I remember calling my mother when Trump was elected, and she was not nearly as distraught as I thought she’d be. Her stated reason: We’ve been through worse. She is an elderly black woman from the South. Her sense of history and heartbreak are long and fraught.

Recently, I’ve delved even more deeply into this line of thinking, reading about how black people positioned themselves during both Reconstruction and Jim Crow, when the political structures were largely arrayed against them.

I wanted to know how they survived and made progress against open hostility. The recurring themes are to never lose hope in the ultimate victory of righteousness; to focus your fire on the things you are most able to change; and to realize that change is neither quick nor permanent.

The struggle for goodness and decency is an eternal struggle, not a seasonal one.

Don’t beat yourself up if you need to tune out every now and then and take a mental health break. There is no shame in it. This is a forever fight. Once you have recharged, reapply your armor and rejoin the fight with even more vigor.

That white privilege thing

Our good friend Keith wrote this post nearly three weeks ago. I intended to re-blog it at the time, and as seems to happen more and more with me these days, I got side-tracked and it fell by the wayside. No matter, for his words are timeless … they were as true 100 years ago as they are today, and I suspect will still need to be heard in another century. Thank you, Keith, for this post, for reminding me of it, and for your generous permission to share.

musingsofanoldfart

Usually when Dr. Phil comes on, I leave the room. Seeing people yell at each other is not therapeutic for me. Yesterday, my wife said you need to see this one as it was an interesting group discussion on race relations and white privilege.

In one powerful, illustrating exercise, young adults of both genders and several races, religions, sexual preferences, and countries of origin stepped forward or backward based on answers to a series of questions. At the end of about thirty or so questions, white people tended to be at the front of the room, while other races tended to be at the back.

As a now 60 year-old white man, I can pretty much go anywhere I want without repercussions. And, I need not have to worry for my life when I am stopped by the police or state patrol. A black man in his Sunday best has…

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Shame On You, Donald Trump …

Once again, I find myself wanting to apologize for our ignorant, crude, ignominious, arrogant, brash, narcissistic so-called ‘president’ after he made a fool of not only himself, but of us all, when he was mistakenly allowed to travel to the EU over the weekend.  To all my friends & family across the pond … please forgive us for sending him, for we knew not what we were doing.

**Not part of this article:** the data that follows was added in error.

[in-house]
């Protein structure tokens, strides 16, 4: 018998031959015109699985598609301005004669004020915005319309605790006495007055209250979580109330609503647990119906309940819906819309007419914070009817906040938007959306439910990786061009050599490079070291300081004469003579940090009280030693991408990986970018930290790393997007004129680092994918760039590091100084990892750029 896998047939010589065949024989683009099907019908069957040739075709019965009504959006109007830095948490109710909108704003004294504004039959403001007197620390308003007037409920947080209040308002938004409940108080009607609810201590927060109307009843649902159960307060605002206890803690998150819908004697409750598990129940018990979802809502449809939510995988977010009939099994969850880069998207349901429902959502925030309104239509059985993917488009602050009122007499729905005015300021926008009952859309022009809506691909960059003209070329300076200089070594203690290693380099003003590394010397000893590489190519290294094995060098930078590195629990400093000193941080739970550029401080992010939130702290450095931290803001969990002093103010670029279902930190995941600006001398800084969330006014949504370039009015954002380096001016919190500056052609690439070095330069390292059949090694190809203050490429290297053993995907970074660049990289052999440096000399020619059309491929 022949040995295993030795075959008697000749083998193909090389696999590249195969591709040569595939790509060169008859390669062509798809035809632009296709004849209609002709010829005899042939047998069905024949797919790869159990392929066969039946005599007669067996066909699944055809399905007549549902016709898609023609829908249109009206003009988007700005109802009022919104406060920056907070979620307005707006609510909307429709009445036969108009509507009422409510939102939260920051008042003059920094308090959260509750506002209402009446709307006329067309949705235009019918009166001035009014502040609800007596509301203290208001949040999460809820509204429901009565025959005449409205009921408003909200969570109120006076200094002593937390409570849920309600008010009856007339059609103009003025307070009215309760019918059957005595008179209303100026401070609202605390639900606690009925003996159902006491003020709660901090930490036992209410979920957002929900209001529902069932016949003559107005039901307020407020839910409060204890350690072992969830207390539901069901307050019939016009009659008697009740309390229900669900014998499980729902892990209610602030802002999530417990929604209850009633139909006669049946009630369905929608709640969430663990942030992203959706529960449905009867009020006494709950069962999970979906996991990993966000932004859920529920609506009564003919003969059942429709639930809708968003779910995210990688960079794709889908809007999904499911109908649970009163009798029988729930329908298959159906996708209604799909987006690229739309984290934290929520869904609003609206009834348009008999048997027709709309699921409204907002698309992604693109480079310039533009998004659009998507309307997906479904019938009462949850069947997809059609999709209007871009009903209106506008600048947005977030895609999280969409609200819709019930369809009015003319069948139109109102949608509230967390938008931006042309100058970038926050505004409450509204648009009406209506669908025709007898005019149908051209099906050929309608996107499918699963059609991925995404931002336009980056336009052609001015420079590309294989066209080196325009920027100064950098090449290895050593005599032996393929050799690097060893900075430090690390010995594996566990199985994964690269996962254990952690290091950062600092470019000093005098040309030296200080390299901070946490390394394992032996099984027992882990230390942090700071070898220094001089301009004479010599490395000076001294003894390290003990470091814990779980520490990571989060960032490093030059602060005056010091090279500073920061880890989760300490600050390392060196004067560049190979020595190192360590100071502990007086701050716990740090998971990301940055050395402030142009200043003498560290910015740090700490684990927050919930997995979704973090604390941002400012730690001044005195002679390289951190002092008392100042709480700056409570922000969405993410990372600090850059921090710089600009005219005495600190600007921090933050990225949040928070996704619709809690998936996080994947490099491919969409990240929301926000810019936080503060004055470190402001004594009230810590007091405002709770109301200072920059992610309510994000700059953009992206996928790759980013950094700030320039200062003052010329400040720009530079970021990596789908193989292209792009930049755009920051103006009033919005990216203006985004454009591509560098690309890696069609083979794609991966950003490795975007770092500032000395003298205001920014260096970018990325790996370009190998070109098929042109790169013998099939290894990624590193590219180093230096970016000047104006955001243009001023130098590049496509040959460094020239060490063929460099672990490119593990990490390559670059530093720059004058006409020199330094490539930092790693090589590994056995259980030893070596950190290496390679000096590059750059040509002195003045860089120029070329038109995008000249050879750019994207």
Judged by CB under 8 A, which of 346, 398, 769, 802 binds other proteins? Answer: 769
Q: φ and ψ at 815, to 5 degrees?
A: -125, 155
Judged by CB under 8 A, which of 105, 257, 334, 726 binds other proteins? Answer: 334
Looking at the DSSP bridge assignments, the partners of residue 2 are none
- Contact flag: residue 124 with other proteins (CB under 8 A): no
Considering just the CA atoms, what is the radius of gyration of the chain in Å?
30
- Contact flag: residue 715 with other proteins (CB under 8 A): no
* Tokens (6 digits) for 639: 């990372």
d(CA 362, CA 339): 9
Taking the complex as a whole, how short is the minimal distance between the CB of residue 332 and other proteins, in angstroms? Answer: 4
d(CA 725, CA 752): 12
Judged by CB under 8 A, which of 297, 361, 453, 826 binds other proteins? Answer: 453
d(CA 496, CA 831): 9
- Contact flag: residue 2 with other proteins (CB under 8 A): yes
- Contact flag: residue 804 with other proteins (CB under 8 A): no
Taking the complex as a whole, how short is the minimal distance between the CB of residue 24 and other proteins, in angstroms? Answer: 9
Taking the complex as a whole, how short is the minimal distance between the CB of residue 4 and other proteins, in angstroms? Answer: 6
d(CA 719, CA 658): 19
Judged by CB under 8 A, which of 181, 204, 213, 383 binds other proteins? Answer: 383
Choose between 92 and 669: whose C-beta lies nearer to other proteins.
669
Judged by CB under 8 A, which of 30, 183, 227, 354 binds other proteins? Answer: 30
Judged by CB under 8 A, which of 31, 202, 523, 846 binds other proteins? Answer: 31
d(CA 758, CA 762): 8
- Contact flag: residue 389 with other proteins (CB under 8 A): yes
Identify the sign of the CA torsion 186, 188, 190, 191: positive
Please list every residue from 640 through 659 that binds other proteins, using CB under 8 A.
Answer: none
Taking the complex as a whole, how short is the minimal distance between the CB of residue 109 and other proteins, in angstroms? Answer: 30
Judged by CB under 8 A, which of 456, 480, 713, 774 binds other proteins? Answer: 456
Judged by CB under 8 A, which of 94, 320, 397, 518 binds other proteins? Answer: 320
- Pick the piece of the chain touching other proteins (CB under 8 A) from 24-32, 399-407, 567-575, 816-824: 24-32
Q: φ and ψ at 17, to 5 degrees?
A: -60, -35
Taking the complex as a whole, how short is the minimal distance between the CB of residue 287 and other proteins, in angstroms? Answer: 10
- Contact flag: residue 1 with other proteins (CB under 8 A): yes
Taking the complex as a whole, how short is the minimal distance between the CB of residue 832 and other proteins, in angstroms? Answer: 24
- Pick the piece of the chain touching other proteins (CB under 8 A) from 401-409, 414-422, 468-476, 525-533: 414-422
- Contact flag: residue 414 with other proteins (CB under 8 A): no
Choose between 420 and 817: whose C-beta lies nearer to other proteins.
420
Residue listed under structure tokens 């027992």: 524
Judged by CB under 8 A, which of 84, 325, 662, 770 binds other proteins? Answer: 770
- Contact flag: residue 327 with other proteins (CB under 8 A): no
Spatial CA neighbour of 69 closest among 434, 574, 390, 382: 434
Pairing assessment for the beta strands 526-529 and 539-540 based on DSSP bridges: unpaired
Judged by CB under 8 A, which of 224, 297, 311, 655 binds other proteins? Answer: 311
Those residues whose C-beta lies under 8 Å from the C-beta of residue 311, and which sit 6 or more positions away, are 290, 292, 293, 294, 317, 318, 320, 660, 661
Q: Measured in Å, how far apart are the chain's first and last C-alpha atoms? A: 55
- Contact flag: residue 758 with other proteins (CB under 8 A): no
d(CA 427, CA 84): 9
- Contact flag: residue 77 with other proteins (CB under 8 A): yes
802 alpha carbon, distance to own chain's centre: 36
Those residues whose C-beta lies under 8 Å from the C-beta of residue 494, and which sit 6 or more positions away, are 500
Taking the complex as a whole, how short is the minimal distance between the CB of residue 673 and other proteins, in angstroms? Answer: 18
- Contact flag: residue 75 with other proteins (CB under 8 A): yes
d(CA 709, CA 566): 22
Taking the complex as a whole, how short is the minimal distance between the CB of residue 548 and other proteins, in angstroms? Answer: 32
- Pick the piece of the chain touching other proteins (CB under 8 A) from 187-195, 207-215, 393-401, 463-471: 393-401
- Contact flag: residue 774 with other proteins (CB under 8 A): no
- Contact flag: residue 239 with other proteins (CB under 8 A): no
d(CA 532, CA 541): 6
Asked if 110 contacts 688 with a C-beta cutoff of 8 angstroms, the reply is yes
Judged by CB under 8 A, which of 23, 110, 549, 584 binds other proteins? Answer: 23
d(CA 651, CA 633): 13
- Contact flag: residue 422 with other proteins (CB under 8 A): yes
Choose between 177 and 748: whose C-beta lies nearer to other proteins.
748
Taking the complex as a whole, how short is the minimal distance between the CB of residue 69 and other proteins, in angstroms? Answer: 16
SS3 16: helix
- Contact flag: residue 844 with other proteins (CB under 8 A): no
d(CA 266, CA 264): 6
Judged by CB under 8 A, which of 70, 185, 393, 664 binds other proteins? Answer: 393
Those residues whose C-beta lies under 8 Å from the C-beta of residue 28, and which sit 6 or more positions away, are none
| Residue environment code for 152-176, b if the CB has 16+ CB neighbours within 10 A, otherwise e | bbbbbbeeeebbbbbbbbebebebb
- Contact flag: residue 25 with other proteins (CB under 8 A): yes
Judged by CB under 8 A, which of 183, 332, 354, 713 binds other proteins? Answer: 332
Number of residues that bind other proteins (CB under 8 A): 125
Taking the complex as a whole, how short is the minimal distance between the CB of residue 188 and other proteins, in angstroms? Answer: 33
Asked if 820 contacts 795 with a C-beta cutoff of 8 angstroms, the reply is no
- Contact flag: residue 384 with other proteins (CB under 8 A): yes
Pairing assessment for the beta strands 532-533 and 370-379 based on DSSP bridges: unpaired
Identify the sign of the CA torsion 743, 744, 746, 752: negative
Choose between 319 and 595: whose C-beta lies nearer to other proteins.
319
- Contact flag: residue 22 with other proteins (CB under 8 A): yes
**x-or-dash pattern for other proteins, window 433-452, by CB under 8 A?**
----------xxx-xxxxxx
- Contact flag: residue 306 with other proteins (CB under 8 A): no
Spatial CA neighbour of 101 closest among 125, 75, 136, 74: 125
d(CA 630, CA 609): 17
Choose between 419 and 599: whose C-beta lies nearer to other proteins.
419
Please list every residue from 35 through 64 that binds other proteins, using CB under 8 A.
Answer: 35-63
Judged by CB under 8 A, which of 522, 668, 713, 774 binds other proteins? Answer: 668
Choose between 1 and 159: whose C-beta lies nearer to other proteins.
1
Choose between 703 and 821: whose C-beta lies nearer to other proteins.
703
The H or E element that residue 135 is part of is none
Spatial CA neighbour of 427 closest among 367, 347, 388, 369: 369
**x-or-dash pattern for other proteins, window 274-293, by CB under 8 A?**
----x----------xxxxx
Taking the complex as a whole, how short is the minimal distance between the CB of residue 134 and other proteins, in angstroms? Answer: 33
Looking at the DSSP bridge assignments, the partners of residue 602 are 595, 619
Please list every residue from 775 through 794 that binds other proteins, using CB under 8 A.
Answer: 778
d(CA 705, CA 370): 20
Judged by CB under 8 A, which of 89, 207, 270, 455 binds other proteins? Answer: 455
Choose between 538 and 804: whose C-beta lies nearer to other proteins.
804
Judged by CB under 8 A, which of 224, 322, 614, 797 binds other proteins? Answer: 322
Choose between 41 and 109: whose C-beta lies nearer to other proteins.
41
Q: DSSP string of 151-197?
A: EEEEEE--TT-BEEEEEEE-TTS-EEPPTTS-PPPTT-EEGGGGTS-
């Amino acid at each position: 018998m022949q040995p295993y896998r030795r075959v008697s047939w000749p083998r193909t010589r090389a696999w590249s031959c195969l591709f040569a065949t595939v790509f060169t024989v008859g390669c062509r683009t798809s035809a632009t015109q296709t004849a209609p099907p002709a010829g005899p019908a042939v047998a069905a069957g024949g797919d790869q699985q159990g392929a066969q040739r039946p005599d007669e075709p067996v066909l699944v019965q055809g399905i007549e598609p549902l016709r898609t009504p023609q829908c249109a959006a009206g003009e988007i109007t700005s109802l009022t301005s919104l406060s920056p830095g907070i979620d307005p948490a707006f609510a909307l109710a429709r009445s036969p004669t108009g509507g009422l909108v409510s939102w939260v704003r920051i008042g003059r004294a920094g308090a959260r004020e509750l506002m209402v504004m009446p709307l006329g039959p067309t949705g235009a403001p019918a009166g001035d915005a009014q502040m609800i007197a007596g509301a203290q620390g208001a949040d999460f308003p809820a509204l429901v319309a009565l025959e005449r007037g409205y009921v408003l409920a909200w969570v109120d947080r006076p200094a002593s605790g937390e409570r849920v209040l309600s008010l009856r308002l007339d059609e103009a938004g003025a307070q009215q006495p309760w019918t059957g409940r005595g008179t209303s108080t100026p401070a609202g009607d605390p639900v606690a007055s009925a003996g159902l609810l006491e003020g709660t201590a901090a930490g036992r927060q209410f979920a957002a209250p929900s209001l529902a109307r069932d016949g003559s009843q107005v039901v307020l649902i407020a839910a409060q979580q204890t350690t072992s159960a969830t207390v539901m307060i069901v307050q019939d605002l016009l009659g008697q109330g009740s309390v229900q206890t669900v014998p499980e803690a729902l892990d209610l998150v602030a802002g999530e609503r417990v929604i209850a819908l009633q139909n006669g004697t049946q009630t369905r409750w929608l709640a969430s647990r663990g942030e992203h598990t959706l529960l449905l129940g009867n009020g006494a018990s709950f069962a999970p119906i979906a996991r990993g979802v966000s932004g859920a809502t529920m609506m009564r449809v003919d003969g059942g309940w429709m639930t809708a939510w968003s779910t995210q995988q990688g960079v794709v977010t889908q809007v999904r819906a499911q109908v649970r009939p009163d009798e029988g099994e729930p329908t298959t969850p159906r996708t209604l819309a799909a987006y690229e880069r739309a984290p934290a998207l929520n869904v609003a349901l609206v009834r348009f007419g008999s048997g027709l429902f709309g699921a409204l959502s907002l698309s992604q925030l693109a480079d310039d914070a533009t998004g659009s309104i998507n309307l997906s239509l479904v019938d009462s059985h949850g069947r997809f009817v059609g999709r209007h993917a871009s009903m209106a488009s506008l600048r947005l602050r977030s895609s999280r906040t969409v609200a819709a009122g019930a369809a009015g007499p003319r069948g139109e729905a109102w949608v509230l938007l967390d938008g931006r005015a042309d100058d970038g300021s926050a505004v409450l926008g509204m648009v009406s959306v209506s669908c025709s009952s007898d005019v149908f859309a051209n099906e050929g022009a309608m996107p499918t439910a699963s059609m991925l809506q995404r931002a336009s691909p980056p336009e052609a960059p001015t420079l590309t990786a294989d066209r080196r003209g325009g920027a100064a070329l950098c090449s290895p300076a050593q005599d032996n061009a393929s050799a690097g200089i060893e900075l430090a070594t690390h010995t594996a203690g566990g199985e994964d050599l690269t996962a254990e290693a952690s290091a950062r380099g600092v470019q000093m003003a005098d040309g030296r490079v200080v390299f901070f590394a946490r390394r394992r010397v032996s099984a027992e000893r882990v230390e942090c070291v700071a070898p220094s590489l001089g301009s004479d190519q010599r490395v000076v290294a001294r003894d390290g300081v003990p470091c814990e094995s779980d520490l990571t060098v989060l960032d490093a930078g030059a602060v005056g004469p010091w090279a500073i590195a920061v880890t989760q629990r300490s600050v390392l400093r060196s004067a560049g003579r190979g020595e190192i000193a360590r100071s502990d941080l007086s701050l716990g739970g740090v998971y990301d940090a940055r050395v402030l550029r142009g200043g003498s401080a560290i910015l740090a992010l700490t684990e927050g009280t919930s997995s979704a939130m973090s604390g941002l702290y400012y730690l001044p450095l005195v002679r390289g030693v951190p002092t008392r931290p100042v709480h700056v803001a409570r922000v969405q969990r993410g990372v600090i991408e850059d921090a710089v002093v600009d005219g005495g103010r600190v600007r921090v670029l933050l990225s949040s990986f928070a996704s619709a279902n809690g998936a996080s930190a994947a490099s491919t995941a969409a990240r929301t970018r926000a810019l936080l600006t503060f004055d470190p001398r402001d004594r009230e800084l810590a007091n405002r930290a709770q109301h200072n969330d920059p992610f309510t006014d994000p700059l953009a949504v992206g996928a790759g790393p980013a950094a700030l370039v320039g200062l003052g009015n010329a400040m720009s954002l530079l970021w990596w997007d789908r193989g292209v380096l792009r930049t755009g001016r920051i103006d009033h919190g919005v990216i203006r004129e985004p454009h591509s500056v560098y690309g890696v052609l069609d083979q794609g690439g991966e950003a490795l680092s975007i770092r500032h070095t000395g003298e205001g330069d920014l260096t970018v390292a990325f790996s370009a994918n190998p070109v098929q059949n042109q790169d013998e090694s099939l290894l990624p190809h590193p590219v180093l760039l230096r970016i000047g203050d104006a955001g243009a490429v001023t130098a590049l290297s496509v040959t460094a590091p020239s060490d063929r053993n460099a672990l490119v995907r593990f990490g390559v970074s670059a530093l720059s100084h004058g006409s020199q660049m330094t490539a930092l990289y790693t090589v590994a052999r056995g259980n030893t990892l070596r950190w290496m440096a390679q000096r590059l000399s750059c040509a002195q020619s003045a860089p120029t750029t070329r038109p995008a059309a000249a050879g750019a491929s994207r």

The occasion, for any who may not know, was to honour those who died in World War I on the 100th anniversary of the end of that war.  It was a solemn occasion, a time to set aside differences and come together to remember …

Trump started his trail of terror before even leaving Air Force One, when he tweeted an attempted insult toward Emmanuel Macron, President (in good standing) of France.  But it got worse.  His alleged purpose for traveling to Paris on Friday was to attend ceremonies marking the 100th anniversary of the end of World War I.  The reality, as is always the case with Trump, was something else altogether, but that was his stated purpose.  But guess what?  It rained.Trump-rain-WWIIt rained.  Trump was afraid of a little bit of water.  I’ve often said I don’t think he bathes regularly, and this proves it!  All the other leaders who had gathered in Paris for the occasion attended …Prince Harry rainAngela Merkel braved the elements, as did Justin Trudeau, Emmanuel Macron, Britain’s Prince Harry, Spain’s King Felipe VI … even Turkey’s Recep Tayyip Erdogan, and Russia’s Vladimir Putin found time to attend, despite the rain.  Trump later claimed that the only reason he didn’t attend was that his motorcade would have disrupted roads.  SO WALK, YOU F***ING MORON!!!

General John Kelly and chairman of the joint chiefs of staff General Joe Dunford attended instead – apparently they didn’t need a ‘motorcade’. France WWI Centennial

Representative Don Beyer of Virginia hit the nail on the head:

“Millions died to protect the free world during WWI, and Trump can’t be bothered to honor their memories. Instead, he’s chosen to sit in a hotel and live-tweet Fox News. Just imagine if President Obama sat out a Veterans Day ceremony because of the rain …”

Just imagine, indeed.  But then, President Obama was … well, you know … African-American, and thus his every move was placed under a strong microscope and picked apart like the Christmas turkey.  Trump, on the other hand, is ugly white with layers of fat, acne, and a bad toupee, so he can do no wrong!  (Yeah, I’m pissed – what tipped you off?)